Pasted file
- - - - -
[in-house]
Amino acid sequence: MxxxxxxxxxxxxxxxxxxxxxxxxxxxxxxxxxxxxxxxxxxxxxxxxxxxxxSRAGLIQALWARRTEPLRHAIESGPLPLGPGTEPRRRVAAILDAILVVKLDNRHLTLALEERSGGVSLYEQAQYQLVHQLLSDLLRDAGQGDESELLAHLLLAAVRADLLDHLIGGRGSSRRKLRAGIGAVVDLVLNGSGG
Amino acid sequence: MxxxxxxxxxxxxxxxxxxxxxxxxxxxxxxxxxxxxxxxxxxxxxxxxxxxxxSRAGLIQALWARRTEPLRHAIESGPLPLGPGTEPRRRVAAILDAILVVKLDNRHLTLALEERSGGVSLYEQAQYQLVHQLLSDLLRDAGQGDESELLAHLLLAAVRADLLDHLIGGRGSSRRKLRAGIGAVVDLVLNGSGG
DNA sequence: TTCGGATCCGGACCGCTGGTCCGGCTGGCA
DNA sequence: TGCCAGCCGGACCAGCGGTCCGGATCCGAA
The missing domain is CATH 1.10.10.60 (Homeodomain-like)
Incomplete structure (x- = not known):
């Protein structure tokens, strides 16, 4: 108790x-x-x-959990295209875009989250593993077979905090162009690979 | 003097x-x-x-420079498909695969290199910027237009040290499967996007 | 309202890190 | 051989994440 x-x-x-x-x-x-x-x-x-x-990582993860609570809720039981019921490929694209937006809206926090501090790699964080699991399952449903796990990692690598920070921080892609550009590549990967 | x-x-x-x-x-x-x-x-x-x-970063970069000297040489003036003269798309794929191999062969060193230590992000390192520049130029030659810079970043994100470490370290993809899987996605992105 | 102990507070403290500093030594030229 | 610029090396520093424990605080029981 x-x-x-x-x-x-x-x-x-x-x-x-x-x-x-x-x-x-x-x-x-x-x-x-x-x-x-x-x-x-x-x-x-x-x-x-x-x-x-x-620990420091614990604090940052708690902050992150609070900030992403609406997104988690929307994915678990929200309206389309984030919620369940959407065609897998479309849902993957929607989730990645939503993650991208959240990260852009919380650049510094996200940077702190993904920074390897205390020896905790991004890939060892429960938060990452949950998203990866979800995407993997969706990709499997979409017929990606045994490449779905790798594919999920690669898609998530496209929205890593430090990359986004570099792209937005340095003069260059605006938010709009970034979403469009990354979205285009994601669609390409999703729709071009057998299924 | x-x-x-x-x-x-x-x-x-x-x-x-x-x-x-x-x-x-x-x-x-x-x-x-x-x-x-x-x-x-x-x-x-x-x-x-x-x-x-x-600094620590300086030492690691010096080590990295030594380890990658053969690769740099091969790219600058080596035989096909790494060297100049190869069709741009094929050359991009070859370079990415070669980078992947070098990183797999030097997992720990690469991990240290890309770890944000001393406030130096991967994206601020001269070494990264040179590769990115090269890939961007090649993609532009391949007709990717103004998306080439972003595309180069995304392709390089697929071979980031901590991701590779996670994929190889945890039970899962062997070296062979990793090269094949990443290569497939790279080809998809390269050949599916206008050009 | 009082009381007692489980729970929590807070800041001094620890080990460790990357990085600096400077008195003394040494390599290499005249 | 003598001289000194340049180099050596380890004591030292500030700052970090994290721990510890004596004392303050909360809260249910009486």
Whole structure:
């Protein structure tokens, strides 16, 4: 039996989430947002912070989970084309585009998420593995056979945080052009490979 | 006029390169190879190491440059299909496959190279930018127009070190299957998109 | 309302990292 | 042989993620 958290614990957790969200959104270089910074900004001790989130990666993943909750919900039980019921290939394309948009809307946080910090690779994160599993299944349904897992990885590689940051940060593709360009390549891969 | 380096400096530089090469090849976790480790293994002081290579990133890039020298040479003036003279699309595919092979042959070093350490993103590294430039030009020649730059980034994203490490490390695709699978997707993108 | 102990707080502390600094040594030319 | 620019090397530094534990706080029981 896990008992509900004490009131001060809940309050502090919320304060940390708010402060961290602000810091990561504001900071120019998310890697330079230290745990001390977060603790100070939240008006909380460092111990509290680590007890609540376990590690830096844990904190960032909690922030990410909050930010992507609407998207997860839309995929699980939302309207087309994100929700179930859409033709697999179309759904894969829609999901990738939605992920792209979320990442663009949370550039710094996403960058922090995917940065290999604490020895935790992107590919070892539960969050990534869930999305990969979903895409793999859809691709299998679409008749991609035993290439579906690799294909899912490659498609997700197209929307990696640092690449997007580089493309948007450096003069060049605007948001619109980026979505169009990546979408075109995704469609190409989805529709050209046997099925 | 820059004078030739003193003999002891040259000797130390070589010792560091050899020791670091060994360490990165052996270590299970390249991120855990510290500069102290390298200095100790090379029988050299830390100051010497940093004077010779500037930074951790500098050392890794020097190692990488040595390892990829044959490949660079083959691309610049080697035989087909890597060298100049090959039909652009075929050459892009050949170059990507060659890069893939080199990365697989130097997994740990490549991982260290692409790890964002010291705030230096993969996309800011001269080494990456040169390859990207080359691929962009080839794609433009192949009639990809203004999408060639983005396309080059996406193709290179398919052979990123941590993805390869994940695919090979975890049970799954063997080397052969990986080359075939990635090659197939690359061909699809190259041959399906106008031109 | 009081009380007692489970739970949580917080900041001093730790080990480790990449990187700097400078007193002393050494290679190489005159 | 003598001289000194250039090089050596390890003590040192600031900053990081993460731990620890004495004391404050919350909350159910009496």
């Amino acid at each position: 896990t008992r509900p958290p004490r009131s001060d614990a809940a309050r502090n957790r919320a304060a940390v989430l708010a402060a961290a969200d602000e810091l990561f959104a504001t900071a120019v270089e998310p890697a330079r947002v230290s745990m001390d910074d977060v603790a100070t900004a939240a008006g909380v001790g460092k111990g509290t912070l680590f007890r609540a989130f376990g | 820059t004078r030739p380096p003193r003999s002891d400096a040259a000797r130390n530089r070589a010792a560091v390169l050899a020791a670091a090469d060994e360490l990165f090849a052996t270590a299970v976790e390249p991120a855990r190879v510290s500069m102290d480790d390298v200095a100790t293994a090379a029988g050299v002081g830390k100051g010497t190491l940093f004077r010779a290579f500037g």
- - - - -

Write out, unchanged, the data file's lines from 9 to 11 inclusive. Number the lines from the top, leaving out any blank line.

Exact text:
Whole structure:
């Protein structure tokens, strides 16, 4: 039996989430947002912070989970084309585009998420593995056979945080052009490979 | 006029390169190879190491440059299909496959190279930018127009070190299957998109 | 309302990292 | 042989993620 958290614990957790969200959104270089910074900004001790989130990666993943909750919900039980019921290939394309948009809307946080910090690779994160599993299944349904897992990885590689940051940060593709360009390549891969 | 380096400096530089090469090849976790480790293994002081290579990133890039020298040479003036003279699309595919092979042959070093350490993103590294430039030009020649730059980034994203490490490390695709699978997707993108 | 102990707080502390600094040594030319 | 620019090397530094534990706080029981 896990008992509900004490009131001060809940309050502090919320304060940390708010402060961290602000810091990561504001900071120019998310890697330079230290745990001390977060603790100070939240008006909380460092111990509290680590007890609540376990590690830096844990904190960032909690922030990410909050930010992507609407998207997860839309995929699980939302309207087309994100929700179930859409033709697999179309759904894969829609999901990738939605992920792209979320990442663009949370550039710094996403960058922090995917940065290999604490020895935790992107590919070892539960969050990534869930999305990969979903895409793999859809691709299998679409008749991609035993290439579906690799294909899912490659498609997700197209929307990696640092690449997007580089493309948007450096003069060049605007948001619109980026979505169009990546979408075109995704469609190409989805529709050209046997099925 | 820059004078030739003193003999002891040259000797130390070589010792560091050899020791670091060994360490990165052996270590299970390249991120855990510290500069102290390298200095100790090379029988050299830390100051010497940093004077010779500037930074951790500098050392890794020097190692990488040595390892990829044959490949660079083959691309610049080697035989087909890597060298100049090959039909652009075929050459892009050949170059990507060659890069893939080199990365697989130097997994740990490549991982260290692409790890964002010291705030230096993969996309800011001269080494990456040169390859990207080359691929962009080839794609433009192949009639990809203004999408060639983005396309080059996406193709290179398919052979990123941590993805390869994940695919090979975890049970799954063997080397052969990986080359075939990635090659197939690359061909699809190259041959399906106008031109 | 009081009380007692489970739970949580917080900041001093730790080990480790990449990187700097400078007193002393050494290679190489005159 | 003598001289000194250039090089050596390890003590040192600031900053990081993460731990620890004495004391404050919350909350159910009496």
């Amino acid at each position: 896990t008992r509900p958290p004490r009131s001060d614990a809940a309050r502090n957790r919320a304060a940390v989430l708010a402060a961290a969200d602000e810091l990561f959104a504001t900071a120019v270089e998310p890697a330079r947002v230290s745990m001390d910074d977060v603790a100070t900004a939240a008006g909380v001790g460092k111990g509290t912070l680590f007890r609540a989130f376990g | 820059t004078r030739p380096p003193r003999s002891d400096a040259a000797r130390n530089r070589a010792a560091v390169l050899a020791a670091a090469d060994e360490l990165f090849a052996t270590a299970v976790e390249p991120a855990r190879v510290s500069m102290d480790d390298v200095a100790t293994a090379a029988g050299v002081g830390k100051g010497t190491l940093f004077r010779a290579f500037g």